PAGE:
Mother’s Day and It’s Birth

There are many exciting and glamorous professions in the world but none as marginalized, trivialized and taken for granted as that of motherhood. At its very root the label of mother is often underestimated and even associated to that of a mere caretaker. However this underestimated, and potentially unflattering, description seems to discount the true value and significance of motherhood. Mothers, these superhuman beings who immerse themselves into their prime passion which not only includes the care for their children but also transforming themselves into whatever function is required of them by their family. They can be the primary unofficial health care practitioner, nutritionist, educator, psychologist, emotional support system, protector from all that is evil and, at times, even a warden. If this sounds like the type of person that merits the label of “hero” – well, yes definitely. Their unconditional love, selfless commitment and dedication, as well as their strong tendencies for altruistic is only matched by the behavior of their fellow mothers. These nurturers of life and cultivators of character who are often taken for granted, and even neglected, have one day per year during which they are celebrated.Every year on the second Sunday in May children all over the United States are given the opportunity to demonstrate their love and appreciation for the only person who has unconditionally stood by them in every way since conception; this day is appropriately named Mother’s Day.

Many may wonder about the origins of Mother’s Day. Are they based on religious, political, or the product of a marketing scheme concocted by a clever employee? Well, you may be surprised to learn that this holiday was the brain child of an American woman who later came to regret and oppose the very idea she forged.

Mother’s day as we know it was founded by Anna Jarvis, but inspired by a powerful parental figure in her life, her mother namely, Ann Reeves Jarvis, a pioneer in structuring childhood rearing methods. According to, Ann Reeves Jarvis started “Mother’s Day Work Clubs” during the Civil War in an effort to teach women how to properly care for their children. Then in 1868 she created “Mother’s Friendship Day” to promote reconciliation efforts between Confederate and Union soldiers. This was an example of only one precursor to the inception of Mother’s Day as a national holiday. There were other women such as Julia Howe for example, who tried to create “Mother’s Day Proclamation” in 1870 to promote world peace.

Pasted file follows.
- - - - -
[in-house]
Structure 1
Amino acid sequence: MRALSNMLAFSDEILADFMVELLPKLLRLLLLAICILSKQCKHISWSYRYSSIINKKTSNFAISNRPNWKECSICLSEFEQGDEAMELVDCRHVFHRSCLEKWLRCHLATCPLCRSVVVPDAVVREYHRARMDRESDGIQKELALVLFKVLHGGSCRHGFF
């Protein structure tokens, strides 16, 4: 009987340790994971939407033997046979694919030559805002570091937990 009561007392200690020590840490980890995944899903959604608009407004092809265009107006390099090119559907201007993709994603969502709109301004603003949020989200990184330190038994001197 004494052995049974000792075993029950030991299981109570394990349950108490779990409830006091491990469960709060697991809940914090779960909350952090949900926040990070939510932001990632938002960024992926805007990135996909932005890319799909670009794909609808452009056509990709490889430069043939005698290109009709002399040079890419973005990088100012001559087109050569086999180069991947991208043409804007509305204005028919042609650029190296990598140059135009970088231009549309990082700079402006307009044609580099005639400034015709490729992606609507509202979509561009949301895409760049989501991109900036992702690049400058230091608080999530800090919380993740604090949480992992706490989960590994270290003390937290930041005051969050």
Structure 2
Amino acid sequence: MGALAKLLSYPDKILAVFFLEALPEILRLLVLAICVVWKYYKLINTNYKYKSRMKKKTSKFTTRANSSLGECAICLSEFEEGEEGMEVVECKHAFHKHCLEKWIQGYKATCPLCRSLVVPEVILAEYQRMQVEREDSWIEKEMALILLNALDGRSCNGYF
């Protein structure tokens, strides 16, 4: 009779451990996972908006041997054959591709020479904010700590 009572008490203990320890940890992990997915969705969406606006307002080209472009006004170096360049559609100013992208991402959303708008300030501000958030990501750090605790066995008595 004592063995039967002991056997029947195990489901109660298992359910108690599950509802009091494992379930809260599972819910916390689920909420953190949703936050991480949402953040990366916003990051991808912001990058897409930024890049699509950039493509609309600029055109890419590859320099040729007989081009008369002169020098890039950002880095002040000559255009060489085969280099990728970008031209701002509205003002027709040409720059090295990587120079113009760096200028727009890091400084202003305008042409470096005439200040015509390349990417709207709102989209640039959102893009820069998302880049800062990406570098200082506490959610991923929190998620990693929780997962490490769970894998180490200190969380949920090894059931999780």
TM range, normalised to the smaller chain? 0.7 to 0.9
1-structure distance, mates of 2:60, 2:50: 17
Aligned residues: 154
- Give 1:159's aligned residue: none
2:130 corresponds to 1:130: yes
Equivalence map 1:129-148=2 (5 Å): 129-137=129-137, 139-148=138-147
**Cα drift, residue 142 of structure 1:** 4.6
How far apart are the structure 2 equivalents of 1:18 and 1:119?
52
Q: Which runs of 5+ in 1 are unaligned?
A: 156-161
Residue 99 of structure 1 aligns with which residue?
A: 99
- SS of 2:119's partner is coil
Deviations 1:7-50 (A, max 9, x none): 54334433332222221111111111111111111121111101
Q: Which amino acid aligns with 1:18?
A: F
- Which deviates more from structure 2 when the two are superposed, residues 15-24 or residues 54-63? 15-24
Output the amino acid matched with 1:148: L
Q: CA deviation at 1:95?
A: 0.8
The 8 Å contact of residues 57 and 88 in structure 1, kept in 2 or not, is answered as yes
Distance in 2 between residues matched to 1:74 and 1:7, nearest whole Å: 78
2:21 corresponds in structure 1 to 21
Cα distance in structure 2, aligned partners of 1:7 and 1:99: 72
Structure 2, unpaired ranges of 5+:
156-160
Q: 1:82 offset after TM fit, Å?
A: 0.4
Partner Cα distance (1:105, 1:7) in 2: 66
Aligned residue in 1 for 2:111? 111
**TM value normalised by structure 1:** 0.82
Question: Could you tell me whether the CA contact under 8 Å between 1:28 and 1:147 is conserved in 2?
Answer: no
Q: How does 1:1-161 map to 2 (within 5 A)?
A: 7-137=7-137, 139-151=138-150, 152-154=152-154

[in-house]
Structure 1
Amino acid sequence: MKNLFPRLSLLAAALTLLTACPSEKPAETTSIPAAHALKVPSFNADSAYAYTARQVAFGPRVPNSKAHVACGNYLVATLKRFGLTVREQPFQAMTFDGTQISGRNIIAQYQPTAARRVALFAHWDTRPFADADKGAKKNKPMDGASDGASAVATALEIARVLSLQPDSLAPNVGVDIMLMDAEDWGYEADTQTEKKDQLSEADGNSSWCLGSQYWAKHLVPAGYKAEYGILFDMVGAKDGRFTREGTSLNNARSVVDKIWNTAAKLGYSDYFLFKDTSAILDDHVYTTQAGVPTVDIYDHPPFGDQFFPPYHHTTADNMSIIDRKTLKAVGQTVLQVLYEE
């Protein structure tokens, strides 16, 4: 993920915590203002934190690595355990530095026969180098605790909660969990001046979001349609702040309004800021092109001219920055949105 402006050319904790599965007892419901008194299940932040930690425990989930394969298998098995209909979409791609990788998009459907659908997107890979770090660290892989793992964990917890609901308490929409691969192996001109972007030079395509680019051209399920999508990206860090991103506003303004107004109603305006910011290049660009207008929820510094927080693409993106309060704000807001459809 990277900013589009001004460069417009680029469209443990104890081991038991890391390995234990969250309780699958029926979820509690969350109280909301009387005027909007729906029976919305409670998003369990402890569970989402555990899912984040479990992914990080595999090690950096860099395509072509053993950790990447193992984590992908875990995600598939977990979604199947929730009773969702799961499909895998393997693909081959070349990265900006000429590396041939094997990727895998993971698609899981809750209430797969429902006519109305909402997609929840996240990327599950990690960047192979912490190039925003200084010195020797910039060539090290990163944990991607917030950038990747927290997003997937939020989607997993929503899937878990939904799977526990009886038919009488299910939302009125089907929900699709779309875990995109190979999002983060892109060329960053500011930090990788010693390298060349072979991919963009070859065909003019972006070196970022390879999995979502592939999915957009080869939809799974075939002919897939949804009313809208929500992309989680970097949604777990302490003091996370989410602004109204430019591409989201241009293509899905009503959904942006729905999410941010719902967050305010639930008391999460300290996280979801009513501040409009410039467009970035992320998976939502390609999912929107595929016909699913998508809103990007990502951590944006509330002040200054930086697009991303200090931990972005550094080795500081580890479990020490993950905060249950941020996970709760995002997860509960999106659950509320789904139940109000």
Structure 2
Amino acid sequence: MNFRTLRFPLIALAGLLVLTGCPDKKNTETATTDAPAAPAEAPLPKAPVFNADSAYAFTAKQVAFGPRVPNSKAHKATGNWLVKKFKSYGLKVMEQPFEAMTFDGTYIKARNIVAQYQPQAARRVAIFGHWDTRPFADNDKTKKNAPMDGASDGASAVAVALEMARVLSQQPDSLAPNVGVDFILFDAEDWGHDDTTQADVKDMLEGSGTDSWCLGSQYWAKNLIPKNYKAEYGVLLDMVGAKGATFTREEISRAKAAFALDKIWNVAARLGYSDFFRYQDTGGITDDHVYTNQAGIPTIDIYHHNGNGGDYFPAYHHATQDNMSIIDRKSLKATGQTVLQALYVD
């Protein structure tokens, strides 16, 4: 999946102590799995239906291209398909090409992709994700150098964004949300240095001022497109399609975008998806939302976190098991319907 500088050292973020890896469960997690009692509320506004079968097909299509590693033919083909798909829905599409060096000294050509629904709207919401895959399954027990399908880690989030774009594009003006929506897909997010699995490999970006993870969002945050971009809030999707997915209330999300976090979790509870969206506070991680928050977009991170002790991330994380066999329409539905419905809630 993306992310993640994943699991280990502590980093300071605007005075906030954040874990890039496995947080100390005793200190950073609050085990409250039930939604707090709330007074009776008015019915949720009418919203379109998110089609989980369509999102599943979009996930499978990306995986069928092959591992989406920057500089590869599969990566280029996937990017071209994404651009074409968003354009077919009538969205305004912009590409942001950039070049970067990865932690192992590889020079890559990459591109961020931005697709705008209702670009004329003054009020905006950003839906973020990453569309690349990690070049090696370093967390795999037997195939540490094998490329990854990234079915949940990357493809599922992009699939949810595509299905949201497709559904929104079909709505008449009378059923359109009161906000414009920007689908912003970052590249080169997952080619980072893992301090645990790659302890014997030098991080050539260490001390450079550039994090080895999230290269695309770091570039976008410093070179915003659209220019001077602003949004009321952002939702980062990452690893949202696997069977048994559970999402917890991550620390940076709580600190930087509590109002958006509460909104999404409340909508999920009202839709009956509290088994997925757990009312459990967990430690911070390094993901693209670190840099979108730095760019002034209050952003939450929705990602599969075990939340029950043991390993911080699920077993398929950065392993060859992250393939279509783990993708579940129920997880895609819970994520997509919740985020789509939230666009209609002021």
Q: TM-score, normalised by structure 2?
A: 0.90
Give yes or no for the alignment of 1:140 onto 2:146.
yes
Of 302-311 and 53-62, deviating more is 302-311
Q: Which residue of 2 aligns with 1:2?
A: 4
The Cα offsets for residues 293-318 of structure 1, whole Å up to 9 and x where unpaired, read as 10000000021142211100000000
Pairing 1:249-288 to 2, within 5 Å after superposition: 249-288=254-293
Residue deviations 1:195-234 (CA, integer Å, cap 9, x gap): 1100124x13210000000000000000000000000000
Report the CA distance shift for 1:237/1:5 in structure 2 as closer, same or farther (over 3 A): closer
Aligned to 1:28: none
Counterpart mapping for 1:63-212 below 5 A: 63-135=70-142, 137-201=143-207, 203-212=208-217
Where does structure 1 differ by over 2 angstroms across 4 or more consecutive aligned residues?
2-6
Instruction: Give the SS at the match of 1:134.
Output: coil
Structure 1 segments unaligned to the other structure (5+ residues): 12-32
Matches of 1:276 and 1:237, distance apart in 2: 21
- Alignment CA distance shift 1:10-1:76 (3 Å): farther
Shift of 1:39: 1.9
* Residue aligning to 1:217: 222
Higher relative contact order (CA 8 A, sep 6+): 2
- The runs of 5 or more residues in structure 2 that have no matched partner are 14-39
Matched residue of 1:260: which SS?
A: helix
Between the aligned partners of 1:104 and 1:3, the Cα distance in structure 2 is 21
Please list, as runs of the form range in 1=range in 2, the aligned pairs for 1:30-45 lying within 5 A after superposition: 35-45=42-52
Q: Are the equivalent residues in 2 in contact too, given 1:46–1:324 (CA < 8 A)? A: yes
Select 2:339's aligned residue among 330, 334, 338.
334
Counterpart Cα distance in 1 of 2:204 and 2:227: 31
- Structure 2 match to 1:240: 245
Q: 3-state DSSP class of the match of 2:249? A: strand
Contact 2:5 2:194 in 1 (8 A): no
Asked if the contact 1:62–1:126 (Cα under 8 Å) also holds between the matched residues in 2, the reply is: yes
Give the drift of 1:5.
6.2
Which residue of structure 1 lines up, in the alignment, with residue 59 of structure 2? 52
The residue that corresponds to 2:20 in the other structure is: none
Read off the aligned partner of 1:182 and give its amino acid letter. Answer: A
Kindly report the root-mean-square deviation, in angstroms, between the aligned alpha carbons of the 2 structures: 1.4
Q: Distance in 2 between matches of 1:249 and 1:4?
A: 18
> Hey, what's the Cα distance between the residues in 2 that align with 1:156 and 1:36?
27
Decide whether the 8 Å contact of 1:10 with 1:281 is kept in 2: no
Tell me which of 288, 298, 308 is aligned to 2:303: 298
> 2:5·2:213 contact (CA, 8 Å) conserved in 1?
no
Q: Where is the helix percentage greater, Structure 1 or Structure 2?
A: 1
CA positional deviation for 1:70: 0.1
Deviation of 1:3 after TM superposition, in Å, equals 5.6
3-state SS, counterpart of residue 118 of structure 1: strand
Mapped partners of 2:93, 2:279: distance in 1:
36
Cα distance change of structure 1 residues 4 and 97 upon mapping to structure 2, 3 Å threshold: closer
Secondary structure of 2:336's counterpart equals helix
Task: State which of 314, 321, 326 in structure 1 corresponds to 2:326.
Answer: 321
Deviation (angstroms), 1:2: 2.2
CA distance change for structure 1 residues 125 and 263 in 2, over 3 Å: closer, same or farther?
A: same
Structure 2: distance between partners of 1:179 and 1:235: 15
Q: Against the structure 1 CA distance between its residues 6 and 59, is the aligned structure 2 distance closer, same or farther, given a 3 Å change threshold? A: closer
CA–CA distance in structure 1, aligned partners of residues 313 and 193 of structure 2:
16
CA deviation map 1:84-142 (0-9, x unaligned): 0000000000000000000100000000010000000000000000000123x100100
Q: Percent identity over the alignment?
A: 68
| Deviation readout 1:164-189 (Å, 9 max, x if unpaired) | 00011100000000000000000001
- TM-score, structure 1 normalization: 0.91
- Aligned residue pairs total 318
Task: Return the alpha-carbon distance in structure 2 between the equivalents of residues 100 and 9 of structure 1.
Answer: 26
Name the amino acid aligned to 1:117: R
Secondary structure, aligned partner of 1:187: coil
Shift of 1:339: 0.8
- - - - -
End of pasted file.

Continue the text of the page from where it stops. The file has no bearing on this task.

According to Anna Jarvis, who ironically remained childless her entire life, was inspired after her mother’s death in 1905 to create a day that celebrated the sacrifices made by mothers. She petitioned a Philadelphia department store owner to financially back the first official Mothers Day celebration, an event that was attended by thousands of people. After the success of this event she was determined to make Mother’s Day a national holiday. Through her efforts in reaching out and engaging politicians and local newspapers to honor motherhood and creating the Mother’s Day International Association she achieved her goal. In 1914, Woodrow Wilson declared that the second Sunday in May is to be a special day called the Mother’s Day holiday. Unfortunately in spite of the fact that Anna Jarvis initially celebrated this victory for all mothers she quickly realized that the idea and sentiment behind the holiday was being exploited. As time went by Anna noticed that the holiday was gradually becoming more and more commercialized and by 1920 she denounced corporate benefit by the flower and candy industries. Ironically by the time she died in 1948 she had spent much of her wealth in an effort to disown and remove the holiday from the calendar.

Although Anna Jarvis was unsuccessful in removing Mother’s Day from the American calendar, perhaps there is still a lesson to be learned by her efforts. Before buying what has become traditional flowers or chocolate for this holiday, perhaps this year, the children within this great nation should reflect upon Anna Jarvis and her work and devote quality time and effort to truly celebrate and honor the sacrifices their mothers have made for them .

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